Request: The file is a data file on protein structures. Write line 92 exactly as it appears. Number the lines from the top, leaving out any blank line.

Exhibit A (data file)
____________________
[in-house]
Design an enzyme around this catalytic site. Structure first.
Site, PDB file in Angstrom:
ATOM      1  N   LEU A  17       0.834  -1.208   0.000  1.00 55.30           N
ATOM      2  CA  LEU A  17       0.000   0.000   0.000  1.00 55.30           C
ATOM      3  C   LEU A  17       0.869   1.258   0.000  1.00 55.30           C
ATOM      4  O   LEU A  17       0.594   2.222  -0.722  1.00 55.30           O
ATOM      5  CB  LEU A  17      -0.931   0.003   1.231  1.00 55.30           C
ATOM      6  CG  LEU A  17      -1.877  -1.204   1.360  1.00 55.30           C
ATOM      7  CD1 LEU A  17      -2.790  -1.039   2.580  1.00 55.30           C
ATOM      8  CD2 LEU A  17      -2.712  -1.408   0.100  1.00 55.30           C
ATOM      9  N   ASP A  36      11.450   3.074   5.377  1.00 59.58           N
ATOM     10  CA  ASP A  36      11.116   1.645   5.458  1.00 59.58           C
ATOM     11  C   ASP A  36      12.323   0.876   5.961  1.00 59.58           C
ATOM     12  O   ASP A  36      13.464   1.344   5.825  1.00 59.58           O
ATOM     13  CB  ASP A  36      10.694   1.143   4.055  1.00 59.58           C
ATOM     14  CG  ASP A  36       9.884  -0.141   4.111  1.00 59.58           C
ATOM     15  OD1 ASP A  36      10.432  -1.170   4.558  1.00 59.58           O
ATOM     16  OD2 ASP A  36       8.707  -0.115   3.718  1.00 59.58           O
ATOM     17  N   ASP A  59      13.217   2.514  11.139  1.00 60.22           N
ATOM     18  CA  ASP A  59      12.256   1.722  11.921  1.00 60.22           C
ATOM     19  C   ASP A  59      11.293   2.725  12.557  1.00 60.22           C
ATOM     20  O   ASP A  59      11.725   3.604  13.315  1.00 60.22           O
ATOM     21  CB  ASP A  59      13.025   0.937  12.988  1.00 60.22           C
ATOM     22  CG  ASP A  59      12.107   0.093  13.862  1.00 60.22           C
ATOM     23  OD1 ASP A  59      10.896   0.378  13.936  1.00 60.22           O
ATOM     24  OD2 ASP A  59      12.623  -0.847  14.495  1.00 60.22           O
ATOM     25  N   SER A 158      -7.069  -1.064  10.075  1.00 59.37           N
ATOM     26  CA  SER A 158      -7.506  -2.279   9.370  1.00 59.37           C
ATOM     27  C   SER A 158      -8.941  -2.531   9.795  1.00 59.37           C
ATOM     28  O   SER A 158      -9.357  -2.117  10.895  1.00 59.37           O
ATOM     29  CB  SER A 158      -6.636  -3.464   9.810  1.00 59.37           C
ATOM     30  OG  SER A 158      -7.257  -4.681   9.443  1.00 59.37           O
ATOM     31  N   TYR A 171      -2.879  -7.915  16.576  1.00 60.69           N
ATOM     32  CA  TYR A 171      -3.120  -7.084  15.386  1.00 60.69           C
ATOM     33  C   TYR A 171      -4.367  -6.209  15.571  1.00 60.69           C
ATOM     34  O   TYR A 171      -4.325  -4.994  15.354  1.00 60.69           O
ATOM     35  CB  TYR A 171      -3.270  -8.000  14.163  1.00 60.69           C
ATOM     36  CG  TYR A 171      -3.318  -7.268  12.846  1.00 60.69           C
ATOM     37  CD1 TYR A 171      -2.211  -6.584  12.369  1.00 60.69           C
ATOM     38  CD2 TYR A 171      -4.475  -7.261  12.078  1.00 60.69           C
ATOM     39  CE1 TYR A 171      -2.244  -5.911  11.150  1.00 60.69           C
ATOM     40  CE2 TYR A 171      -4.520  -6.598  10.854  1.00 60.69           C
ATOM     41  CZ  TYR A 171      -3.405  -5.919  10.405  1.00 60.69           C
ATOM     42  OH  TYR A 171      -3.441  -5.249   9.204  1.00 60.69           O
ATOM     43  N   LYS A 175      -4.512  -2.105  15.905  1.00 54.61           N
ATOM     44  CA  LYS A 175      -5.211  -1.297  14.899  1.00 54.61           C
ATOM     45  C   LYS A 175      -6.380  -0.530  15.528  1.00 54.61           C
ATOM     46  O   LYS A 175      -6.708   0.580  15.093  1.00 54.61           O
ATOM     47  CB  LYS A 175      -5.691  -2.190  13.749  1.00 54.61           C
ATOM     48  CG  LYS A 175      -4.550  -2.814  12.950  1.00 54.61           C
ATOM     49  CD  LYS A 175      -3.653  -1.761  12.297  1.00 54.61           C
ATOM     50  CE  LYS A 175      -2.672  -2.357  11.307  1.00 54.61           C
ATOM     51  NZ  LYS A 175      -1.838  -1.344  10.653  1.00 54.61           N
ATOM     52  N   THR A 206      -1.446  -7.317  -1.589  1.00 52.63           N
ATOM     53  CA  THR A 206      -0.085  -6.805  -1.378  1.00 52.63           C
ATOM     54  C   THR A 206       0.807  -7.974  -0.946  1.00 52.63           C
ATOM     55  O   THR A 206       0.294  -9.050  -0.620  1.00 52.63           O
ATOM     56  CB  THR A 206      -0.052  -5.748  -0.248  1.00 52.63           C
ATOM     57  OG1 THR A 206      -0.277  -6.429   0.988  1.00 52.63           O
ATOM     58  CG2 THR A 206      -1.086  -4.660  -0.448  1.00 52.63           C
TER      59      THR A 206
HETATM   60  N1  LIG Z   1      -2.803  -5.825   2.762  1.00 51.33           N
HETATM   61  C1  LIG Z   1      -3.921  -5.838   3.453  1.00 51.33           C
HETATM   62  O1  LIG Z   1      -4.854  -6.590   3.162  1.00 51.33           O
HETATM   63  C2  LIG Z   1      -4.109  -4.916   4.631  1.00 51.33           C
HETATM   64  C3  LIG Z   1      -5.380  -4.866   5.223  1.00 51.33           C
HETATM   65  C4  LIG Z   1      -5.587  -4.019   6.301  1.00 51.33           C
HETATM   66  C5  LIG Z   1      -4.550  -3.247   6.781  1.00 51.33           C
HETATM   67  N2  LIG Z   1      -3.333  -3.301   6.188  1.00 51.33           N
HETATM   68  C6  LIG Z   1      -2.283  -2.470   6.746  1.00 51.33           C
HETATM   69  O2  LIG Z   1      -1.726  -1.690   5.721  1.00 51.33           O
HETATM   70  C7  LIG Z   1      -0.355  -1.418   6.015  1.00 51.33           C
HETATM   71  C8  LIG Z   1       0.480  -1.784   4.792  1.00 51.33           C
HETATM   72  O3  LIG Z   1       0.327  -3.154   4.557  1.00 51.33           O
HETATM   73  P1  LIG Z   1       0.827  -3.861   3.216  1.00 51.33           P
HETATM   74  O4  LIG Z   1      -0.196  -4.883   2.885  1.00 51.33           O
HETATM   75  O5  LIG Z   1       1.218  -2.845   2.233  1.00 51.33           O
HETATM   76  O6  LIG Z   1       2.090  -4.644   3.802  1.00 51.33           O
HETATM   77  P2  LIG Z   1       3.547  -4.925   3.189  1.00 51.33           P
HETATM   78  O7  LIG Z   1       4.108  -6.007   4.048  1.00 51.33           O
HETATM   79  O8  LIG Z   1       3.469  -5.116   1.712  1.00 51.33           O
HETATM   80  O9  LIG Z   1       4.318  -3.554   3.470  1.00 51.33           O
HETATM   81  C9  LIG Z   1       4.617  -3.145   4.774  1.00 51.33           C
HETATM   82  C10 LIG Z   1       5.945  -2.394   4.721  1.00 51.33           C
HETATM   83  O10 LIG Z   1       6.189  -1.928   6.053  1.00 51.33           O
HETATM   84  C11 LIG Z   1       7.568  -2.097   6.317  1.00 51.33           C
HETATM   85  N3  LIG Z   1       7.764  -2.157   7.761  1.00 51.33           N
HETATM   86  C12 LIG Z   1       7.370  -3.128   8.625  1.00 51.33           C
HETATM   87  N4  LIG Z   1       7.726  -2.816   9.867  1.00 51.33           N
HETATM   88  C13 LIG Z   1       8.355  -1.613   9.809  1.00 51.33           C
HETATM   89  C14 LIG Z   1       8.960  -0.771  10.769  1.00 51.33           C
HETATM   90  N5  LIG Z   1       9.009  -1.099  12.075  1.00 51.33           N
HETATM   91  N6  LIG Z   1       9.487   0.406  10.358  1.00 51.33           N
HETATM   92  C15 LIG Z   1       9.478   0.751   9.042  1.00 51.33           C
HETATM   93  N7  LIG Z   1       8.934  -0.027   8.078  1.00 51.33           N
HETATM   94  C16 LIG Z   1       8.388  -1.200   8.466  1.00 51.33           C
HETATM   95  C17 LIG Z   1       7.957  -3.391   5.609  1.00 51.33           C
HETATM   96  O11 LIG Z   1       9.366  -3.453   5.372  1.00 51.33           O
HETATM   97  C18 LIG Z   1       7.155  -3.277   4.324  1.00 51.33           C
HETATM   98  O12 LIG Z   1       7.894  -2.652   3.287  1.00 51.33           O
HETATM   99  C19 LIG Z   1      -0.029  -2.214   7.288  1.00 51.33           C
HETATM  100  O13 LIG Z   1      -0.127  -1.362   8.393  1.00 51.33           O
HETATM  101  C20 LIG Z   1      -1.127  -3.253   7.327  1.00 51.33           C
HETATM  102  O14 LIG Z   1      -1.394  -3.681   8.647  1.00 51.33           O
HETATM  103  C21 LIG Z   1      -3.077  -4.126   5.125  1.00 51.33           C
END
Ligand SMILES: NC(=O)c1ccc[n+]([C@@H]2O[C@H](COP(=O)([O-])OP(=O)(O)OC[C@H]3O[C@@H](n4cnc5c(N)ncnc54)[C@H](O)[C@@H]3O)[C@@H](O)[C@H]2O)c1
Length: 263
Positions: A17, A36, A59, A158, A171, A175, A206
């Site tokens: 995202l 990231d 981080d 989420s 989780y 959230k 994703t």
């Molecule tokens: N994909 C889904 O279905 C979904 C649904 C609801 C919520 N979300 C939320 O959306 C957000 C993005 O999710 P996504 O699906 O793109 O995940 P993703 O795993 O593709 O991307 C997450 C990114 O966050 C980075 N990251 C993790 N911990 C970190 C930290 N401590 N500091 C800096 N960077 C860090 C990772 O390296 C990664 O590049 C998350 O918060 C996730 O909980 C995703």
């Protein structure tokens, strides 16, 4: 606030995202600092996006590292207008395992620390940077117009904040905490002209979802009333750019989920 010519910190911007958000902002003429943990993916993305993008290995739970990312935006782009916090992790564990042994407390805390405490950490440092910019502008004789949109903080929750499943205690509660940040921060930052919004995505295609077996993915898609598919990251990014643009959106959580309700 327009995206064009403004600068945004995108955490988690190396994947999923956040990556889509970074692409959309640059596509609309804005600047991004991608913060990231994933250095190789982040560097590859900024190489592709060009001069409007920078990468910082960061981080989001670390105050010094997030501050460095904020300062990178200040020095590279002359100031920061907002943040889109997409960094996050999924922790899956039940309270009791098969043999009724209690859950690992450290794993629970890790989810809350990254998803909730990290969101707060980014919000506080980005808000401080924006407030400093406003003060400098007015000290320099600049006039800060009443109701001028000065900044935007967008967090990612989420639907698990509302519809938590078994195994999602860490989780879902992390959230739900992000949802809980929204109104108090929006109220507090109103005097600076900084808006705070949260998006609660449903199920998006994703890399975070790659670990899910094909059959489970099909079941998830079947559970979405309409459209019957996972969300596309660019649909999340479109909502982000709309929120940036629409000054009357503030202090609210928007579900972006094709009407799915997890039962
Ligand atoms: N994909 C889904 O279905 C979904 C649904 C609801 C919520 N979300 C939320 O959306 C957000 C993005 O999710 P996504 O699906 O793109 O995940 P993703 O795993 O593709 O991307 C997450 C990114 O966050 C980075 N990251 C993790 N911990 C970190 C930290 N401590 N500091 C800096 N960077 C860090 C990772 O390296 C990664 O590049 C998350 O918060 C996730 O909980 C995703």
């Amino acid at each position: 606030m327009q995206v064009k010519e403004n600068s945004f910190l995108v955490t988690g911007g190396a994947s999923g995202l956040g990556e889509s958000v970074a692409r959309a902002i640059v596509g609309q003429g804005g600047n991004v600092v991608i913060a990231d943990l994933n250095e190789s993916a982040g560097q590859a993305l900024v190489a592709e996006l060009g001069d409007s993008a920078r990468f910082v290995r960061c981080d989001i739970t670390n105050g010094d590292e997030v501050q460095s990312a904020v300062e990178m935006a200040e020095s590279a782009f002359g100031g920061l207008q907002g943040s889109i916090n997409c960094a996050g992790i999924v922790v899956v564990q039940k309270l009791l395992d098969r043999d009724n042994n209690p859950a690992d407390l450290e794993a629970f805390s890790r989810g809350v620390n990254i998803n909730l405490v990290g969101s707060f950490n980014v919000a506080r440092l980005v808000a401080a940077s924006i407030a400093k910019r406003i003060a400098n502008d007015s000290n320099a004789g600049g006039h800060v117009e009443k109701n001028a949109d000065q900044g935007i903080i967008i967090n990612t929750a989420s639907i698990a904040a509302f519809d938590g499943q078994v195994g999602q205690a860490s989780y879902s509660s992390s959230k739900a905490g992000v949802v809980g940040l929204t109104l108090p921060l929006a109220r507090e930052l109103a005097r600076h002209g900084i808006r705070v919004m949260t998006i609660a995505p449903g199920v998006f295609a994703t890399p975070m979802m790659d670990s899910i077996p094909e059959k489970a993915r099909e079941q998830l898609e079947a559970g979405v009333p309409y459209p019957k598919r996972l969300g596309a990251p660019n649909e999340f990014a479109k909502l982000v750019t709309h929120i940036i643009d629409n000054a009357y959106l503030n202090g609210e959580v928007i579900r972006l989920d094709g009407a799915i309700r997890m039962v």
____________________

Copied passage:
HETATM   89  C14 LIG Z   1       8.960  -0.771  10.769  1.00 51.33           C